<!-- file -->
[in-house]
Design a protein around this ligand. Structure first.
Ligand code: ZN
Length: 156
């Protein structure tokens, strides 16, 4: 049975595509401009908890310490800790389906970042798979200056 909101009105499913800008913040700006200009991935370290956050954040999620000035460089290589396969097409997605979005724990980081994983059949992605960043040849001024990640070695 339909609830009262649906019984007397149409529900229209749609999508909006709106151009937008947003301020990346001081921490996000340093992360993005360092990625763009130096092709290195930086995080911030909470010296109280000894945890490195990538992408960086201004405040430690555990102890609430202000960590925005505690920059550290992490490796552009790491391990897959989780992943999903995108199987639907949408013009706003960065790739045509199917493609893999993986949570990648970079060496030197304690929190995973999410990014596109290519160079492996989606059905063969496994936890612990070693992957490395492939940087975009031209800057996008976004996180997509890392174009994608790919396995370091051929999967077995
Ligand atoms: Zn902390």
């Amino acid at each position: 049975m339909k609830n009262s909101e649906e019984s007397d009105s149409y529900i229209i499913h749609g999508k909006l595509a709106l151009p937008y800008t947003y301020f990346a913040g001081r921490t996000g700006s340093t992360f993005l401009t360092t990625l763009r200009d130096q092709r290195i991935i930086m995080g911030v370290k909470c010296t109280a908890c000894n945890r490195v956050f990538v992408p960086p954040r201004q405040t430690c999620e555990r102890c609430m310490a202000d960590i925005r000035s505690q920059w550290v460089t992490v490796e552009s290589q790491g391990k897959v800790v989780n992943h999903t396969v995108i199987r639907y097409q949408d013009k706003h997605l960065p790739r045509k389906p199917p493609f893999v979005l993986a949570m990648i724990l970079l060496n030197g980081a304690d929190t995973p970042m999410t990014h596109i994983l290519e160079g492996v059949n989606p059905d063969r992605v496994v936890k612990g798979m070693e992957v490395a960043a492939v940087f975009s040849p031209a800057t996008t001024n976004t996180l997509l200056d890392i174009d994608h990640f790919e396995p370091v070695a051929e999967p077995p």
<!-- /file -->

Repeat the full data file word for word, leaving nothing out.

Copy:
[in-house]
Design a protein around this ligand. Structure first.
Ligand code: ZN
Length: 156
């Protein structure tokens, strides 16, 4: 049975595509401009908890310490800790389906970042798979200056 909101009105499913800008913040700006200009991935370290956050954040999620000035460089290589396969097409997605979005724990980081994983059949992605960043040849001024990640070695 339909609830009262649906019984007397149409529900229209749609999508909006709106151009937008947003301020990346001081921490996000340093992360993005360092990625763009130096092709290195930086995080911030909470010296109280000894945890490195990538992408960086201004405040430690555990102890609430202000960590925005505690920059550290992490490796552009790491391990897959989780992943999903995108199987639907949408013009706003960065790739045509199917493609893999993986949570990648970079060496030197304690929190995973999410990014596109290519160079492996989606059905063969496994936890612990070693992957490395492939940087975009031209800057996008976004996180997509890392174009994608790919396995370091051929999967077995
Ligand atoms: Zn902390």
């Amino acid at each position: 049975m339909k609830n009262s909101e649906e019984s007397d009105s149409y529900i229209i499913h749609g999508k909006l595509a709106l151009p937008y800008t947003y301020f990346a913040g001081r921490t996000g700006s340093t992360f993005l401009t360092t990625l763009r200009d130096q092709r290195i991935i930086m995080g911030v370290k909470c010296t109280a908890c000894n945890r490195v956050f990538v992408p960086p954040r201004q405040t430690c999620e555990r102890c609430m310490a202000d960590i925005r000035s505690q920059w550290v460089t992490v490796e552009s290589q790491g391990k897959v800790v989780n992943h999903t396969v995108i199987r639907y097409q949408d013009k706003h997605l960065p790739r045509k389906p199917p493609f893999v979005l993986a949570m990648i724990l970079l060496n030197g980081a304690d929190t995973p970042m999410t990014h596109i994983l290519e160079g492996v059949n989606p059905d063969r992605v496994v936890k612990g798979m070693e992957v490395a960043a492939v940087f975009s040849p031209a800057t996008t001024n976004t996180l997509l200056d890392i174009d994608h990640f790919e396995p370091v070695a051929e999967p077995p």